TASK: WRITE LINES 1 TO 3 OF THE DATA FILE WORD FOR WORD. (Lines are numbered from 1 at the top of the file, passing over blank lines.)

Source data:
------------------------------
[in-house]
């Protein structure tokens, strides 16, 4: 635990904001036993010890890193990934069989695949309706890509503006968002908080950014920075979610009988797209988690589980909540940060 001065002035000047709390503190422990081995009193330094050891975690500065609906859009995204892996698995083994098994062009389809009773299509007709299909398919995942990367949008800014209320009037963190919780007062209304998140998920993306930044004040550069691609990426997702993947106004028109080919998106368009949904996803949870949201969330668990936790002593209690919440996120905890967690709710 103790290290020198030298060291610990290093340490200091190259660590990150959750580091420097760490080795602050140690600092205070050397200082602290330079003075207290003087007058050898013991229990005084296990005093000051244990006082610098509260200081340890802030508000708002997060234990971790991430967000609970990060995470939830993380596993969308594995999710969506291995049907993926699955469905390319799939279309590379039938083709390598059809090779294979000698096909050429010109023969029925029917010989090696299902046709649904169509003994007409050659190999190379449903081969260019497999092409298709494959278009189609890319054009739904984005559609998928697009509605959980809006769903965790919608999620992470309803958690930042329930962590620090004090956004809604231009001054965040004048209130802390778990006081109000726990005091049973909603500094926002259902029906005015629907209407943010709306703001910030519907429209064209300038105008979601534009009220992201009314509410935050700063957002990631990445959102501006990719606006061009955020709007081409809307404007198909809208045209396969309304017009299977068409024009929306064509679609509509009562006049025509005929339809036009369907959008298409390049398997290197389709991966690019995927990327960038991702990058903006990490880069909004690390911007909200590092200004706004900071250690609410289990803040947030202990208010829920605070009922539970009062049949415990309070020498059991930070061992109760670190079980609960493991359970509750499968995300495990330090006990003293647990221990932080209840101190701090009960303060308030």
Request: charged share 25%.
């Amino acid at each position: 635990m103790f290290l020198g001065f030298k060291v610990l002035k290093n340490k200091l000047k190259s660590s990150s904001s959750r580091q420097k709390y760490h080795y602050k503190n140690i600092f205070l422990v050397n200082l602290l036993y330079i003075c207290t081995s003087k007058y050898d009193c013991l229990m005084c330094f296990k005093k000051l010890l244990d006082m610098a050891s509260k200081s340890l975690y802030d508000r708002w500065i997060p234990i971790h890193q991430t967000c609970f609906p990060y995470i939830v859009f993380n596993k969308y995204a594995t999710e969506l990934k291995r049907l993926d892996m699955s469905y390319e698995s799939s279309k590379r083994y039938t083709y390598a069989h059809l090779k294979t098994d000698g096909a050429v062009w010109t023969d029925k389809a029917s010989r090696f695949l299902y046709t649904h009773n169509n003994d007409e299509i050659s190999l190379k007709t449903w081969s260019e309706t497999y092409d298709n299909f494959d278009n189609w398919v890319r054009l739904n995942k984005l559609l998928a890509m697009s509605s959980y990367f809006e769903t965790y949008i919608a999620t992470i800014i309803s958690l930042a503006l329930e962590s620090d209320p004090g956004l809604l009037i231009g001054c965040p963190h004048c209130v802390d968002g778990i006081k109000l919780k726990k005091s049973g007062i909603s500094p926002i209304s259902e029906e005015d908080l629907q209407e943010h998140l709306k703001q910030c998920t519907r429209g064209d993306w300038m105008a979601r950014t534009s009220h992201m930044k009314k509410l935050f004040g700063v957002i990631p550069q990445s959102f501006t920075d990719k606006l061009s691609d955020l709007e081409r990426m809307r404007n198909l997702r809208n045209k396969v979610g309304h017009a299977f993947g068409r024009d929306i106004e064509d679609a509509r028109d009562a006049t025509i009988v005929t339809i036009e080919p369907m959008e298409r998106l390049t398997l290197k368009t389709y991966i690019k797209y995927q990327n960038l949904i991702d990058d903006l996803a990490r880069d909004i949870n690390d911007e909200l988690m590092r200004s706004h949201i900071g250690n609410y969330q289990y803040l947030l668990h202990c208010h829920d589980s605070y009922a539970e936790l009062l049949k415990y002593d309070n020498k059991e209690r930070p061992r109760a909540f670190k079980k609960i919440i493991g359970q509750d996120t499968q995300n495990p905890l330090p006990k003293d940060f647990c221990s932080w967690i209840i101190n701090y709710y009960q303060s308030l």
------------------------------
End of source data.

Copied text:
[in-house]
């Protein structure tokens, strides 16, 4: 635990904001036993010890890193990934069989695949309706890509503006968002908080950014920075979610009988797209988690589980909540940060 001065002035000047709390503190422990081995009193330094050891975690500065609906859009995204892996698995083994098994062009389809009773299509007709299909398919995942990367949008800014209320009037963190919780007062209304998140998920993306930044004040550069691609990426997702993947106004028109080919998106368009949904996803949870949201969330668990936790002593209690919440996120905890967690709710 103790290290020198030298060291610990290093340490200091190259660590990150959750580091420097760490080795602050140690600092205070050397200082602290330079003075207290003087007058050898013991229990005084296990005093000051244990006082610098509260200081340890802030508000708002997060234990971790991430967000609970990060995470939830993380596993969308594995999710969506291995049907993926699955469905390319799939279309590379039938083709390598059809090779294979000698096909050429010109023969029925029917010989090696299902046709649904169509003994007409050659190999190379449903081969260019497999092409298709494959278009189609890319054009739904984005559609998928697009509605959980809006769903965790919608999620992470309803958690930042329930962590620090004090956004809604231009001054965040004048209130802390778990006081109000726990005091049973909603500094926002259902029906005015629907209407943010709306703001910030519907429209064209300038105008979601534009009220992201009314509410935050700063957002990631990445959102501006990719606006061009955020709007081409809307404007198909809208045209396969309304017009299977068409024009929306064509679609509509009562006049025509005929339809036009369907959008298409390049398997290197389709991966690019995927990327960038991702990058903006990490880069909004690390911007909200590092200004706004900071250690609410289990803040947030202990208010829920605070009922539970009062049949415990309070020498059991930070061992109760670190079980609960493991359970509750499968995300495990330090006990003293647990221990932080209840101190701090009960303060308030």
Request: charged share 25%.